For the second time in as many months, major corporations are meeting to discuss their progress and to compare notes in their efforts to comply with Wal-Mart's mandate to move beyond barcodes and add RFID tags on boxes and pallets by early 2005. Praised by corporations for its potential to improve distribution and damned by privacy advocates for invasion of personal rights, RFID uses radio-activated computer chips to track products in the supply chain.
For major corporations and retailers around the world, the growing commercial reality of RFID is impossible to ignore. A recent meeting of EPCglobal (the RFID trade association) in Baltimore drew almost 2,000 corporate attendees, about a quarter of which were vendors, and whose enthusiasm attested to the promise they see in commercial application of RFID technology.
"At the Wal-Mart meeting six months ago, these guys all looked like deer in the headlights," said one vendor observing the crowd at the Baltimore Convention Center. "But now, every company has an RFID pilot up and running or solid plans for one." In fact, companies with successful pilots, like Kimberly-Clark, Hewlett Packard, Dell and P&G, shared their progress at the RFID Link 2004 meeting at the Fairmont Hotel in Dallas earlier this month.
Privately, some attendees in Baltimore expressed concerns (as an executive from a leading food company put it) that "RFID is just a Wal-Mart tax." Even supporters admit that calculating financial benefits is still hard to do. But as a growing chorus of users notes: "It's not the tags, it's the data." The ultimate value will come when analysis of the information generated by RFID technology, as products move through the supply chain, sets off a chain reaction of new processes, providing greater efficiencies and reducing costs.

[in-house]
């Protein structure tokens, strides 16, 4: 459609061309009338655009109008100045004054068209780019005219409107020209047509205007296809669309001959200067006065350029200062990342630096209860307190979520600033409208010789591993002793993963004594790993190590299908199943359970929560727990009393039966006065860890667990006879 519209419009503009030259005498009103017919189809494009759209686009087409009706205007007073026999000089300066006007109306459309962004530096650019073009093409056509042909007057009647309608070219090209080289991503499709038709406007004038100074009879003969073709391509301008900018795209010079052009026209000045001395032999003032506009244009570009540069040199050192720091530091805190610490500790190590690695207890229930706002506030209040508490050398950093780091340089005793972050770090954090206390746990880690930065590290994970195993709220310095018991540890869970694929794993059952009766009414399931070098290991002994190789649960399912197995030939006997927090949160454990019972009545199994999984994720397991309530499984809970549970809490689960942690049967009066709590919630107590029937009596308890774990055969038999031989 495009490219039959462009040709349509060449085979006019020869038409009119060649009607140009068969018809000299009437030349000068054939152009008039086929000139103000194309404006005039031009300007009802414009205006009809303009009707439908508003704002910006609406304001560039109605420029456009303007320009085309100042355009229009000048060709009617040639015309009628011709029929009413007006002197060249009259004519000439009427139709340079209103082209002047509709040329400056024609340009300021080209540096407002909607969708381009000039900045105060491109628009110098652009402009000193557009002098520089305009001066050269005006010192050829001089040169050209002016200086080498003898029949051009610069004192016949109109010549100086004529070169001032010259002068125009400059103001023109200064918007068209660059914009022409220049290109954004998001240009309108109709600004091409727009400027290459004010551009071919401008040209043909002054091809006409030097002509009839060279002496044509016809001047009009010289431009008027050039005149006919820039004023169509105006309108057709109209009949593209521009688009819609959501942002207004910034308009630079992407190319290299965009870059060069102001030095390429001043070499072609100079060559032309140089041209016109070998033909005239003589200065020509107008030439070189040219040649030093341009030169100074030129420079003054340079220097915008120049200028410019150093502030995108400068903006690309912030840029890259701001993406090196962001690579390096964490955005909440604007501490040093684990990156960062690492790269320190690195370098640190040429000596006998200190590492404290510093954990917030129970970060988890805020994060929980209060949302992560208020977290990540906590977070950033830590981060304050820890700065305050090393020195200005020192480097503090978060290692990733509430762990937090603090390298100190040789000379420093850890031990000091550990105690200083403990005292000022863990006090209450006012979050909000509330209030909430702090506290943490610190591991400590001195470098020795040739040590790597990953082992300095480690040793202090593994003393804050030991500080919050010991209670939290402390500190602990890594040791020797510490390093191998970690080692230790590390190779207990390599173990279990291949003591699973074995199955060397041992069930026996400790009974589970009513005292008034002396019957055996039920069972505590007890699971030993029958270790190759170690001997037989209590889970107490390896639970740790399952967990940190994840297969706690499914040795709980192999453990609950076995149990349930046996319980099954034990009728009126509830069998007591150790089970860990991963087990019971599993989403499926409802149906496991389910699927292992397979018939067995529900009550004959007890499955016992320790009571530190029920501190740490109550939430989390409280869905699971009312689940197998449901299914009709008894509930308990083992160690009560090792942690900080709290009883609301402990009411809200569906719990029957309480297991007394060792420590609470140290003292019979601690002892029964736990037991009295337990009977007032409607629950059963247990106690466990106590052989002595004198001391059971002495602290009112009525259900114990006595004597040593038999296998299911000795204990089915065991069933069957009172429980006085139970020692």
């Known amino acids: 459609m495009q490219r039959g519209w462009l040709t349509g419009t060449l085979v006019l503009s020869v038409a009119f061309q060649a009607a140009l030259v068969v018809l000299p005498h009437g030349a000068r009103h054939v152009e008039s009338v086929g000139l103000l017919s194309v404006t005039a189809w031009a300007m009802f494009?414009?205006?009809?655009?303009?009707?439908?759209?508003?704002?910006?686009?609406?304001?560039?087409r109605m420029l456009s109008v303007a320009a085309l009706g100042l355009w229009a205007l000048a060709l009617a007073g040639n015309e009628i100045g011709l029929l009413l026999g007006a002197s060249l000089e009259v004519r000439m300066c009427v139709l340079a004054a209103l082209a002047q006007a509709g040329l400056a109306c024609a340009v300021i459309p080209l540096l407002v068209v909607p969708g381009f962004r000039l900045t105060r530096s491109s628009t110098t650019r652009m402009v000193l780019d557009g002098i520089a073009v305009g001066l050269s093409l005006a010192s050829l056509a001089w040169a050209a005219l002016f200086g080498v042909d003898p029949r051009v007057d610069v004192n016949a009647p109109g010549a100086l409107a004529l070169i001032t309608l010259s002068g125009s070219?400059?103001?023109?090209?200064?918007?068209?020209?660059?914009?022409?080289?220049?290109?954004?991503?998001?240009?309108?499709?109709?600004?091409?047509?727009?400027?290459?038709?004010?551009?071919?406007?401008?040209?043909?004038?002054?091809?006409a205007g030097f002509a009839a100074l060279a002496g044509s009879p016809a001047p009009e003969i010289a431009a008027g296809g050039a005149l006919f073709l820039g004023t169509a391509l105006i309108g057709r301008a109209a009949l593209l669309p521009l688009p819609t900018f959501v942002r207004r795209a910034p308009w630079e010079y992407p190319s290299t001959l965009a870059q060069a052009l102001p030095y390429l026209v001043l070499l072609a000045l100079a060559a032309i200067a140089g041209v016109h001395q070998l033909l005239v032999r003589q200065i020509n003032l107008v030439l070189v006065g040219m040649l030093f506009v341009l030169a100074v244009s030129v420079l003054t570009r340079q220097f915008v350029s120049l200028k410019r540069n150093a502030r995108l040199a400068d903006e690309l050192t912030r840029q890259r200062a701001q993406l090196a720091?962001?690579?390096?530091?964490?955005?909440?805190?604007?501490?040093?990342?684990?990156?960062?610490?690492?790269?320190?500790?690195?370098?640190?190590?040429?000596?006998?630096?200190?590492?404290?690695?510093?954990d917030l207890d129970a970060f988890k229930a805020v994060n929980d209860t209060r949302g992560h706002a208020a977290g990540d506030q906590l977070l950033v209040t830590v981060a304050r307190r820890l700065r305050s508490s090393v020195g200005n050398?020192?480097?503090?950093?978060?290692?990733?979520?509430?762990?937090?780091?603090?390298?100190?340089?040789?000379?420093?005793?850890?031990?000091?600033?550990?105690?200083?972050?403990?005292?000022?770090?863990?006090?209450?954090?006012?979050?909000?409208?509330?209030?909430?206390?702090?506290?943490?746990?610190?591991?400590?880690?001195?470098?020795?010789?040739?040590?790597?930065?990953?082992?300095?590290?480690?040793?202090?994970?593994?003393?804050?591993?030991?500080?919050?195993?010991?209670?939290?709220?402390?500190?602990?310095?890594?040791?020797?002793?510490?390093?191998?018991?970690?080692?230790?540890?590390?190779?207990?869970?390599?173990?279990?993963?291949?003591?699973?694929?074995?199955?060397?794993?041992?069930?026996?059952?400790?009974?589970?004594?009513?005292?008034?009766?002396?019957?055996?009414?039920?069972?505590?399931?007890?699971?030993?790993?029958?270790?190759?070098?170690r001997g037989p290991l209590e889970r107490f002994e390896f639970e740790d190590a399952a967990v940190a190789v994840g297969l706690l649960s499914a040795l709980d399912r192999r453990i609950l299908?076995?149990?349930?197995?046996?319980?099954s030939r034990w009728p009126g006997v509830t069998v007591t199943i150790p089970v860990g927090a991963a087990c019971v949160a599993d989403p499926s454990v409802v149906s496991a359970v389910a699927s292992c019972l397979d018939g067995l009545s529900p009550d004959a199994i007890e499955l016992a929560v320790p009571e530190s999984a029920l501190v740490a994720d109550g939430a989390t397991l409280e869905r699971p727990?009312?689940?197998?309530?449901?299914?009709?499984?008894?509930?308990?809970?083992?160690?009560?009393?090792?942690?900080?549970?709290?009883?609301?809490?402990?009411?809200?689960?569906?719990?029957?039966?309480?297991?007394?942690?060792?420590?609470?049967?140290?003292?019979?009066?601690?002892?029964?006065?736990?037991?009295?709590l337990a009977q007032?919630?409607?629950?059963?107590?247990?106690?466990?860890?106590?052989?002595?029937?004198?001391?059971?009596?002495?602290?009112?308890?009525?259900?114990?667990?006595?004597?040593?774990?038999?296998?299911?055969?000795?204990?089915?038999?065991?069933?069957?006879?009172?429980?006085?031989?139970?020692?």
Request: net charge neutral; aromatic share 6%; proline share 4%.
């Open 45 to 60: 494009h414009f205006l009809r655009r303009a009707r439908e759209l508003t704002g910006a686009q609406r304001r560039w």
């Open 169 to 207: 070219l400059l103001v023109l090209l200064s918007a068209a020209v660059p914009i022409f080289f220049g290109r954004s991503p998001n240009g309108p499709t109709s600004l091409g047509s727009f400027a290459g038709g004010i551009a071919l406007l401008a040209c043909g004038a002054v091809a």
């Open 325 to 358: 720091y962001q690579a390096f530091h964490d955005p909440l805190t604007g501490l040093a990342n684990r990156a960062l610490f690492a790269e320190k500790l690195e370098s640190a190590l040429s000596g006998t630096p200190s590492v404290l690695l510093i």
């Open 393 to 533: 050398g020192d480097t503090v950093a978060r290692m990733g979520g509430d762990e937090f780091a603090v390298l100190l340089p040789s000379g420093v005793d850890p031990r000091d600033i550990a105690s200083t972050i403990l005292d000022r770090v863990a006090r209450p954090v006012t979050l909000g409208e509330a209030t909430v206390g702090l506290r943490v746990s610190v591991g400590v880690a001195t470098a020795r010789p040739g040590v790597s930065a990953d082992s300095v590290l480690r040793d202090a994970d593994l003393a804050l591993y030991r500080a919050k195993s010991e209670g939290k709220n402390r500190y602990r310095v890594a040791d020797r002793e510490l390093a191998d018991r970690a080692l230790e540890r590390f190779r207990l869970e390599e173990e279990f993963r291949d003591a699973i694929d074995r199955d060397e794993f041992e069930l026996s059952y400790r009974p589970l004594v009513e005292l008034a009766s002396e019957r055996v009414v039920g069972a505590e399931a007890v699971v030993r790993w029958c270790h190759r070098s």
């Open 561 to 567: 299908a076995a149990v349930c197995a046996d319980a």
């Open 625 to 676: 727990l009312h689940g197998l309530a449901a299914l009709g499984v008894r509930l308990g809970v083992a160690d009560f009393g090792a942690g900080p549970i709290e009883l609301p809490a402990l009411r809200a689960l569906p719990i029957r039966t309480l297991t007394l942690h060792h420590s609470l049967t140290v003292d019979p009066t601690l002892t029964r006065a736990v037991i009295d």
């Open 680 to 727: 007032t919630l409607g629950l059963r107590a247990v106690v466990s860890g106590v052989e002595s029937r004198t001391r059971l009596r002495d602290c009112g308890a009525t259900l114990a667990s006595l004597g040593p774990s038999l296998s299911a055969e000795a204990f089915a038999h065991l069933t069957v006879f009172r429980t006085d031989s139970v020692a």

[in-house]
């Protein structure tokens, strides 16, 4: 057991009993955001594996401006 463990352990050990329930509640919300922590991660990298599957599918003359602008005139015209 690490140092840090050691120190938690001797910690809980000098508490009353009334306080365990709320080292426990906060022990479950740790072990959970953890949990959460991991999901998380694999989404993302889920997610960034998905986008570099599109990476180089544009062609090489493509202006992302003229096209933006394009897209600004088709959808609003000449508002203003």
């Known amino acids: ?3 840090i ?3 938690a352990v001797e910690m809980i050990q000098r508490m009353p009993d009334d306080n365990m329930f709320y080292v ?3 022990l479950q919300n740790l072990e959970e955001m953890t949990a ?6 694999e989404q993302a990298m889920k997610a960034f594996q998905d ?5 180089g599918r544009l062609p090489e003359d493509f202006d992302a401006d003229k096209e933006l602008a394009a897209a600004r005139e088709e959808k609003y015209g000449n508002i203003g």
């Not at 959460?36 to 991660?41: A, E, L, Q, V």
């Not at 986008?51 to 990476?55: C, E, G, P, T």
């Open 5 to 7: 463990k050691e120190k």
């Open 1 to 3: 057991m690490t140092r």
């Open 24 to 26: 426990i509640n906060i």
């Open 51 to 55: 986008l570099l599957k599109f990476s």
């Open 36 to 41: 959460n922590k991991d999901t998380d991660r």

While the book publishing industry has taken a studious but wait-and-see position on RFID, Pearson Education is actively experimenting with inserting RFID tags in the spine of textbooks, both hardcover and paperback.
"We are monitoring the development of RFID and evaluating its cost benefit for our businesses," said John LaVacca, executive v-p and COO of Pearson's Higher Education, International and Professional Group. "It's an interesting technology that could offer future potential." The spine was chosen as a place where the tag could not easily be tampered with or removed. Reportedly, the experiment with hardcovers was successful, but the glue and heat required for binding a paperback damaged the type of tag Pearson was using.